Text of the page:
“I got the chance to speak with Mitt Romney because of my relationship with the Republican spokesperson in Ohio,” Kasler said. “You’ve got to stay as close as you can to these people without being too close. Be fair, be unbiased, truly listen and ask questions.”

Dr. Richard Perloff, a communication professor at Cleveland State and expert in political communication, attended the event and found the inside information of how Ohio reporters were treated to be interesting.

“What particularly stands out were the honest perceptions the reporters offered about covering the election in Ohio, the swing state of swing states,” Perloff said. “It was interesting to learn that candidates gave them star-treatment just because they were from Ohio.”

Social media was a game-changer in the 2012 election. With the popularization of smartphones, Twitter and Facebook, the demand to be first to report something put the pressure on reporters. When everyone is covering the same campaign speech time and time again, it is vital to the reporter to be able to pick up on something maybe no one else heard, and report it first.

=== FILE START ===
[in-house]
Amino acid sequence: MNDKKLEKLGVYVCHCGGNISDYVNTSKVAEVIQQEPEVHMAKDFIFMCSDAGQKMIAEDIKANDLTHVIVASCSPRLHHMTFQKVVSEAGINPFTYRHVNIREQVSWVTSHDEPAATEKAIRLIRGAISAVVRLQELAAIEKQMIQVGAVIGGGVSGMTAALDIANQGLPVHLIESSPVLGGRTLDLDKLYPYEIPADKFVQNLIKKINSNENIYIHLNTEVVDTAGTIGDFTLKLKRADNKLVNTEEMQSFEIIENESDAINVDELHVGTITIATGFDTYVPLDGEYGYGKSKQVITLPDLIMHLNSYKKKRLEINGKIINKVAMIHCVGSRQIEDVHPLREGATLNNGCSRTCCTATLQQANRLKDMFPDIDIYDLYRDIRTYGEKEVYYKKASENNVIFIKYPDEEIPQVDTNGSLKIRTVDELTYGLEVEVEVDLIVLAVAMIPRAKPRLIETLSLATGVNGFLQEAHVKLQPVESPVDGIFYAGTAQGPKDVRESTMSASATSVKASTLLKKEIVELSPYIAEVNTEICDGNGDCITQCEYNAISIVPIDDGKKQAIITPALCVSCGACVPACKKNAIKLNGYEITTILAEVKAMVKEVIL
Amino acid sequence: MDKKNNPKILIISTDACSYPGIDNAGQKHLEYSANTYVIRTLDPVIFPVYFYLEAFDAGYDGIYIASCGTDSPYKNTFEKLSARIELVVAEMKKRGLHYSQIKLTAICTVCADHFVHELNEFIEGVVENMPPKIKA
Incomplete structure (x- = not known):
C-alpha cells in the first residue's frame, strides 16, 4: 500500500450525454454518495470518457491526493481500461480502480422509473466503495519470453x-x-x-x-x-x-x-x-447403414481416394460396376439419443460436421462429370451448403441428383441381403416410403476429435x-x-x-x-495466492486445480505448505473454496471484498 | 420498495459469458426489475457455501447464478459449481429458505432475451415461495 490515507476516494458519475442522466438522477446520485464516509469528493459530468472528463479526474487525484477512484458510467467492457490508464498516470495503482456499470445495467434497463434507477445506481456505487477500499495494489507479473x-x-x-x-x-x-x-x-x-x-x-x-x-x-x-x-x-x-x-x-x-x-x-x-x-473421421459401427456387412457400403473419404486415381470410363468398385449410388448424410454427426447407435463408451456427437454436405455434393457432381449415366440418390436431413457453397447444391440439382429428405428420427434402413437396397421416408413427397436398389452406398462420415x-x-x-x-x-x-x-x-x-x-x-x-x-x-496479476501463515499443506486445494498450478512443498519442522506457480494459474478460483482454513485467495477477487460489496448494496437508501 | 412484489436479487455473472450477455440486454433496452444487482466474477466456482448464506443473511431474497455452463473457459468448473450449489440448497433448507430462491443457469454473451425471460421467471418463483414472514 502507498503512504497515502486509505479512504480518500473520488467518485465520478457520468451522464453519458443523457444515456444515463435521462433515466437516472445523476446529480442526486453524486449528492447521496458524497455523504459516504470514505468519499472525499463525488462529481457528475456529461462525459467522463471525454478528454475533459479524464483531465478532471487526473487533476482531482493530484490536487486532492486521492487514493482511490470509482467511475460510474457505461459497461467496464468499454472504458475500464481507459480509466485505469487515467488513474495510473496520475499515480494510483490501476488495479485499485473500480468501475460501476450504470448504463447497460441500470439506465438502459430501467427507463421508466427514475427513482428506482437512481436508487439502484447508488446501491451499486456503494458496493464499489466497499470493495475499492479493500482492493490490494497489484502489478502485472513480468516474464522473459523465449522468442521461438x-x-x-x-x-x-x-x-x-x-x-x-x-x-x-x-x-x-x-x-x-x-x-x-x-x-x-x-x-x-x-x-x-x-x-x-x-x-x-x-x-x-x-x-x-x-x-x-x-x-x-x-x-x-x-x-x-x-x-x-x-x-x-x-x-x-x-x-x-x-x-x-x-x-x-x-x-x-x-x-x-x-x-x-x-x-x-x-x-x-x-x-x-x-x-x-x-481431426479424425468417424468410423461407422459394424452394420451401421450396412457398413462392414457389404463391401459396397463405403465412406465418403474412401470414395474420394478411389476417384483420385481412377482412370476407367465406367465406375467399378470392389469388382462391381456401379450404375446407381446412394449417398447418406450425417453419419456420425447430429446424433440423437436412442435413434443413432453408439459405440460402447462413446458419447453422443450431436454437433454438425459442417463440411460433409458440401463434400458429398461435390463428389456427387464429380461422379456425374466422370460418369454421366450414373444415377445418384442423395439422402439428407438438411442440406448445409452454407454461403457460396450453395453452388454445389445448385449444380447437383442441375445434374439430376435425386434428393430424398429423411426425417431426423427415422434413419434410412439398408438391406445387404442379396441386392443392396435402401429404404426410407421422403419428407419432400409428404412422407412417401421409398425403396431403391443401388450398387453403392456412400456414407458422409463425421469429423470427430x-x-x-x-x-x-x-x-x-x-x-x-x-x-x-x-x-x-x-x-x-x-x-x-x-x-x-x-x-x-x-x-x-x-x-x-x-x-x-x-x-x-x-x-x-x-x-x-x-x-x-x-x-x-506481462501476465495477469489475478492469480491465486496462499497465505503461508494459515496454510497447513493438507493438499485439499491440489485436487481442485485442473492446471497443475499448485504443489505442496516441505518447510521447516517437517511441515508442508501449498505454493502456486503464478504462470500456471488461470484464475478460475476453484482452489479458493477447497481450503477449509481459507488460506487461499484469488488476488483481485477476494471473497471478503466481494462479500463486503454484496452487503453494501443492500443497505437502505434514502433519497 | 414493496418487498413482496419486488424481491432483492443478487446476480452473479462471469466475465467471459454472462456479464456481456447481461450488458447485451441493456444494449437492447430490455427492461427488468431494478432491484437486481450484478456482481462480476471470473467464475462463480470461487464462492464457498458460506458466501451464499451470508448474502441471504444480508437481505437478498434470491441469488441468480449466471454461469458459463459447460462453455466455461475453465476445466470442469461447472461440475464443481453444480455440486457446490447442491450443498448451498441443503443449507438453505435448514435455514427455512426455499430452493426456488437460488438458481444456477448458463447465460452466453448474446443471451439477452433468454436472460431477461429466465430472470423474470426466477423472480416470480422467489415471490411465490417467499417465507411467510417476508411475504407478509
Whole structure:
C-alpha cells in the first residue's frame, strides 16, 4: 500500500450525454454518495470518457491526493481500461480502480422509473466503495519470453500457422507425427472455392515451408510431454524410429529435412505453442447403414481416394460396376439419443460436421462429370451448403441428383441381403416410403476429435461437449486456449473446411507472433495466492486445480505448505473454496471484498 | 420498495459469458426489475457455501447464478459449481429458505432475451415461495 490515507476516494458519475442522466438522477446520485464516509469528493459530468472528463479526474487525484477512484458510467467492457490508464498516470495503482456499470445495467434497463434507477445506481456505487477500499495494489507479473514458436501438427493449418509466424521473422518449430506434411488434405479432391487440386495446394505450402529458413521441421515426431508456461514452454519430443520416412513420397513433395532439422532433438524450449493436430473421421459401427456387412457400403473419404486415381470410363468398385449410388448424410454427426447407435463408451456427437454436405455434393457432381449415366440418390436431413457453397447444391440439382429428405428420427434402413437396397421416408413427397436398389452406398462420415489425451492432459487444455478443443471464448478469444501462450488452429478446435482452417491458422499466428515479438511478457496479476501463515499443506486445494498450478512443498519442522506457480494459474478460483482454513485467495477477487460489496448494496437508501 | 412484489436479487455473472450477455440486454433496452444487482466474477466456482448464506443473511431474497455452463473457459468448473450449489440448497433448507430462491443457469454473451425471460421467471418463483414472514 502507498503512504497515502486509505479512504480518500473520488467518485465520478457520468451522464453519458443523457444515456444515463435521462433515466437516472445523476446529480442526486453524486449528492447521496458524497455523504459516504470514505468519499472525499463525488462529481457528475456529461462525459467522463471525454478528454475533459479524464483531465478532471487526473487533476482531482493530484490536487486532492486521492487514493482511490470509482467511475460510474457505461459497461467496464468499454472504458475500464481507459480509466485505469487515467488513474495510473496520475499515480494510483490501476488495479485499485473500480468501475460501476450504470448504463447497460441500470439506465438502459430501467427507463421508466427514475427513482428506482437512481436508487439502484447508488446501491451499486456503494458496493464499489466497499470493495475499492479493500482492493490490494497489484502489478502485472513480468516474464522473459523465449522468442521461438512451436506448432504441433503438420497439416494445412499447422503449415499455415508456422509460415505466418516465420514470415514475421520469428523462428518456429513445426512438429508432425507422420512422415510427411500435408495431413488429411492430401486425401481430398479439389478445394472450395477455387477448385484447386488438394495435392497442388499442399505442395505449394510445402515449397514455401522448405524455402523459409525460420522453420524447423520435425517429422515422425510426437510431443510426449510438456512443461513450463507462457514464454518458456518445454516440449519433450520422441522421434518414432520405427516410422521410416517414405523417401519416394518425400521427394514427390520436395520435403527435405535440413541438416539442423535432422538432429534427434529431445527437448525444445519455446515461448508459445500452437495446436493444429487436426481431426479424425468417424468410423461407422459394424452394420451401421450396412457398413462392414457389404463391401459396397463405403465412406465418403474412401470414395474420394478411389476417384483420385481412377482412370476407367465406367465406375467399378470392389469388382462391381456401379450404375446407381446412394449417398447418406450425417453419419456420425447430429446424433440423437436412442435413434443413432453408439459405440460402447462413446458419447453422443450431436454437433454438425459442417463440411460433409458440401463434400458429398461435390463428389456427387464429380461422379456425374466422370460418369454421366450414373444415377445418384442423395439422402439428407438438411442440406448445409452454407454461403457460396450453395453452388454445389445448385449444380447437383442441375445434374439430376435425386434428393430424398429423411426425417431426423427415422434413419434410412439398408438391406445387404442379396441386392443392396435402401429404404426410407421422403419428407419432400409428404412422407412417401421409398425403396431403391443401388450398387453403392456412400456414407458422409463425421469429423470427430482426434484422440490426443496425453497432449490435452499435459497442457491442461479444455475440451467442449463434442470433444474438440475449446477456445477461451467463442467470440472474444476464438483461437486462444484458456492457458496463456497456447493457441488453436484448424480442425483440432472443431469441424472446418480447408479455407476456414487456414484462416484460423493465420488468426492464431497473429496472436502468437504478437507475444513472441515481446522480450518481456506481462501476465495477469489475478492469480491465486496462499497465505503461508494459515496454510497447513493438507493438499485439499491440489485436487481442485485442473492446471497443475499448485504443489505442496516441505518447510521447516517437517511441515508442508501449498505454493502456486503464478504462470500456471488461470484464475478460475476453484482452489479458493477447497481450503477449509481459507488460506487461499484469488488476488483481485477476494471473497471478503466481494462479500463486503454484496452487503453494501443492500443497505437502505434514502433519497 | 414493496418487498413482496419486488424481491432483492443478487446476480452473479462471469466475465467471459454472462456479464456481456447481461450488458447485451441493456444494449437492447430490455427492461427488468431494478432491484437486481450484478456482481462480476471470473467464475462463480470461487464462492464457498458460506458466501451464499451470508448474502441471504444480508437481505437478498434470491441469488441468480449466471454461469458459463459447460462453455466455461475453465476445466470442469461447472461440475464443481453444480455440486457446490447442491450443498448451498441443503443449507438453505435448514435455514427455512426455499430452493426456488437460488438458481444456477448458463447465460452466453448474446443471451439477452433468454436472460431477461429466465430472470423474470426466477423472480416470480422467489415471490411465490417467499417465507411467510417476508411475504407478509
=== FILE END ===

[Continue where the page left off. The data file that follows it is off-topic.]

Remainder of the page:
“I feel like I’m competing to tweet something first — people are competitive with that,
Gomez said. “They want to find the one interesting nugget someone said in the conference call and be the first one to tweet it and then the first to post it on their website.”

It’s like a long term project that started back in January, Kasler said in reference to covering the election. There is only so much you can report about. You have to keep it going for months and months by finding new angles.
Technology such as Twitter allow reporters to keep up with what is most current or the newest thing about it.

“Twitter to help reporters is amazing — it helps me to see what I missed, if I care and what I’m going to do about it,” Kasler said.